French President Emmanuel Macron agreed on Friday to return 26 works of art to Benin “without delay,” his office said.
The decision came when Macron received the results of a study that had been commissioned to return African treasures held by French museums, a radical policy change that could put pressure on other former colonial powers.
He proposed to bring together African and European partners in Paris next year to define a framework for an “exchange policy” for African works of art.
Macron agreed to return 26 royal statues of the Palais de Abomey, formerly the capital of the kingdom of Dahomey, which were taken by the French army in 1892 and are now in the Quai Branly museum in Paris.
Benin had requested his restitution and, earlier this week, welcomed the fact that France had followed the process to the end.
But Macron’s office said that this should not be an isolated or symbolic case.
The president “hopes that all the possible circulation of these works will be considered: returns but also exhibitions, loans, greater cooperation,” said the Elysée Palace.
The report he received on Friday proposed that legislation be drawn up to return thousands of African works of art taken during the colonial period of the country, now in French museums, to the nations that request them.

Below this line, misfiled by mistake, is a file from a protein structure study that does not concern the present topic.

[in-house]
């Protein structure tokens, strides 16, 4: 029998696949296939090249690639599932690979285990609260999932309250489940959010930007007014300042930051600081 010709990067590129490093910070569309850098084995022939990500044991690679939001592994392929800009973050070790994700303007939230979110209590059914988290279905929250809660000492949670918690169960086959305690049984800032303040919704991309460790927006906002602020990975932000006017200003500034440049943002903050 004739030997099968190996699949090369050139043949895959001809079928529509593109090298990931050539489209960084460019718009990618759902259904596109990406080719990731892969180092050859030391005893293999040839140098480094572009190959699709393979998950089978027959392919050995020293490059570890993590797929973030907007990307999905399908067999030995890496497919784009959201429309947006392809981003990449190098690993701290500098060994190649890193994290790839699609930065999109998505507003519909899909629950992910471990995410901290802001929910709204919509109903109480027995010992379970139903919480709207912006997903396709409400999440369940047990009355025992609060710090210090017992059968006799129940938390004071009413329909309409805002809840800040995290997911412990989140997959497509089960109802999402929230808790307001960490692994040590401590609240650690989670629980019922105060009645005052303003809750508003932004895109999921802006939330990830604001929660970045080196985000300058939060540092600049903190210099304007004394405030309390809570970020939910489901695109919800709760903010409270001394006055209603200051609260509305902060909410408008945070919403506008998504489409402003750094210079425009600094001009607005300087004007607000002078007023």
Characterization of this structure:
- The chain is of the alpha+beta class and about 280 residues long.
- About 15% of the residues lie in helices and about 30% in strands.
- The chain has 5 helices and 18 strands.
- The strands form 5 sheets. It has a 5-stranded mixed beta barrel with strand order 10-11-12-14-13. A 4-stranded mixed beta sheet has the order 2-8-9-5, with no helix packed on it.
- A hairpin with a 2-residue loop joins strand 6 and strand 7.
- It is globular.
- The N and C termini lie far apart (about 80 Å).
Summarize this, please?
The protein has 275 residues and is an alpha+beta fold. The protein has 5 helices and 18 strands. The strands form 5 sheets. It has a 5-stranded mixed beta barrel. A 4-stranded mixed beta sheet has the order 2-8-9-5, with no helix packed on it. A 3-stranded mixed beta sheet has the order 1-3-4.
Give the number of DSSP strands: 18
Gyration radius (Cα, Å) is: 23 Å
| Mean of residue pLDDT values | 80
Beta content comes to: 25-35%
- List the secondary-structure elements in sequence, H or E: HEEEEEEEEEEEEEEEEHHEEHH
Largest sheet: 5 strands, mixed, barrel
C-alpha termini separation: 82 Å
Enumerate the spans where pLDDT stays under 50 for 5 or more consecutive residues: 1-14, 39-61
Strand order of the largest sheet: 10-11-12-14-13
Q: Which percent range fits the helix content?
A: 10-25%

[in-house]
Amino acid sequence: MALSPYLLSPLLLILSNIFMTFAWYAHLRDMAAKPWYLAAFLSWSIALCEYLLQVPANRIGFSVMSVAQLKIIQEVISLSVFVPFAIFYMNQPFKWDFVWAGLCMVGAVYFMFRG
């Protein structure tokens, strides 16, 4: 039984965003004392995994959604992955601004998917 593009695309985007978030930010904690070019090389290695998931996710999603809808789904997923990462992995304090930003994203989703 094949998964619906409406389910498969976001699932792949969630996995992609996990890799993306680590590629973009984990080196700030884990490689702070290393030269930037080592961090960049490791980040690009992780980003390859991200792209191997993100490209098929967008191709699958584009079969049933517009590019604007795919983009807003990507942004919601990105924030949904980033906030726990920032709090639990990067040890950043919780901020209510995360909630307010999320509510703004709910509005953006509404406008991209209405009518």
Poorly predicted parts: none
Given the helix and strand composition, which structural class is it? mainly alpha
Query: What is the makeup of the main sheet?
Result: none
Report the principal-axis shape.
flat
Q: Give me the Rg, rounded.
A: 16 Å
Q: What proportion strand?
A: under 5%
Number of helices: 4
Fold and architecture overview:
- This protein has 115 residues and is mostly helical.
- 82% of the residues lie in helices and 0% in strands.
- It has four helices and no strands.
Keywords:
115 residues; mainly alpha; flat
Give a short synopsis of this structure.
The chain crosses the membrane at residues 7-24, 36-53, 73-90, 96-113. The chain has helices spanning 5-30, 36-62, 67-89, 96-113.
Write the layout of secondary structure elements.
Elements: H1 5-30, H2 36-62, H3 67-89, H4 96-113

However, there are conditions that include a request from the relevant country, precise information about the origins of the works and the existence of adequate facilities, such as museums to house the works in their country of origin.
Macron also wants “museums to play an essential role in this process,” his office said.
They will be invited to “identify African partners and organize possible returns”.
Museums should quickly establish “an online inventory of their African collections” to allow the search for the source of an item, according to the statement.
Macron also called for “an in-depth work with other European states that retain collections of the same nature acquired in comparable circumstances.”
In Africa, requests for the restitution of works of art have increased, but French law strictly prohibits government from giving up state property, even in well-documented cases of looting.
Macron raised hopes in a speech last year in Burkina Faso, saying that “the heritage of Africa can not be alone in private collections and European museums.”
Later he asked the French art historian Benedicte Savoy and the Senegalese writer Felwine Sarr to study the subject.
His report has been well received by the defenders of the restitution of the works that were purchased, exchanged or, in some cases, simply stolen.